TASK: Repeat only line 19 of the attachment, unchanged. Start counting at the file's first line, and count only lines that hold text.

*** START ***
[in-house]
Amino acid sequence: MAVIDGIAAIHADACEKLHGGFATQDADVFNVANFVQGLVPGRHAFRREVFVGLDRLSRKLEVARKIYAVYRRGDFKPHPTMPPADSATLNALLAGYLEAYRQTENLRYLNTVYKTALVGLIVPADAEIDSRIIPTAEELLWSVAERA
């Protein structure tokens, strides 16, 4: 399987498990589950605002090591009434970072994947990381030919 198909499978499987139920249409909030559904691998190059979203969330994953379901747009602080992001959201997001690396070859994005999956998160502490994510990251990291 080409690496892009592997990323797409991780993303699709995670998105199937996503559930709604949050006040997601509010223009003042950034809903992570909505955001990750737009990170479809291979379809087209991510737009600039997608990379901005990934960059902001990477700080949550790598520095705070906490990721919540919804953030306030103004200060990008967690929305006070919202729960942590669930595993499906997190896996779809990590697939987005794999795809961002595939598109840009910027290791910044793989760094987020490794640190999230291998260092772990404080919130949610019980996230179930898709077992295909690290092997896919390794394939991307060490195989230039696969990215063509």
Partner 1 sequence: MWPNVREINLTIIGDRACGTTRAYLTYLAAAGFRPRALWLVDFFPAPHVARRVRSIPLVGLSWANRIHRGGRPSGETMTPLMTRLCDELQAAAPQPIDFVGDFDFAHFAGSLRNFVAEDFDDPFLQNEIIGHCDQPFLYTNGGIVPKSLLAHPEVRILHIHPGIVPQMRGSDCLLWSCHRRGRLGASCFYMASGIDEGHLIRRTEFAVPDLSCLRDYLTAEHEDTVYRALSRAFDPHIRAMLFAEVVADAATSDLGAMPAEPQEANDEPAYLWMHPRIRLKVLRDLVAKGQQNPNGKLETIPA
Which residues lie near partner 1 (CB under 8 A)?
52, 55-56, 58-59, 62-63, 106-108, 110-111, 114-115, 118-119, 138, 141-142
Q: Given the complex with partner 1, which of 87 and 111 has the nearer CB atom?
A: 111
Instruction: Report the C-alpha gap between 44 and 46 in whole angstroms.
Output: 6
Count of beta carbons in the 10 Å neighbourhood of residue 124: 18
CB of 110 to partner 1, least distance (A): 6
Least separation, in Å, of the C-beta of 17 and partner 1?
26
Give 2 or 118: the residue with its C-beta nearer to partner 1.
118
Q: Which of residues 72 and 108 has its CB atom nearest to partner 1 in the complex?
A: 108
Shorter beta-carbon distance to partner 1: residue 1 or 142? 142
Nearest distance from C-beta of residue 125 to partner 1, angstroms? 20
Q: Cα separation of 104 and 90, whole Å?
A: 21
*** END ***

Shorter beta-carbon distance to partner 1: residue 1 or 142? 142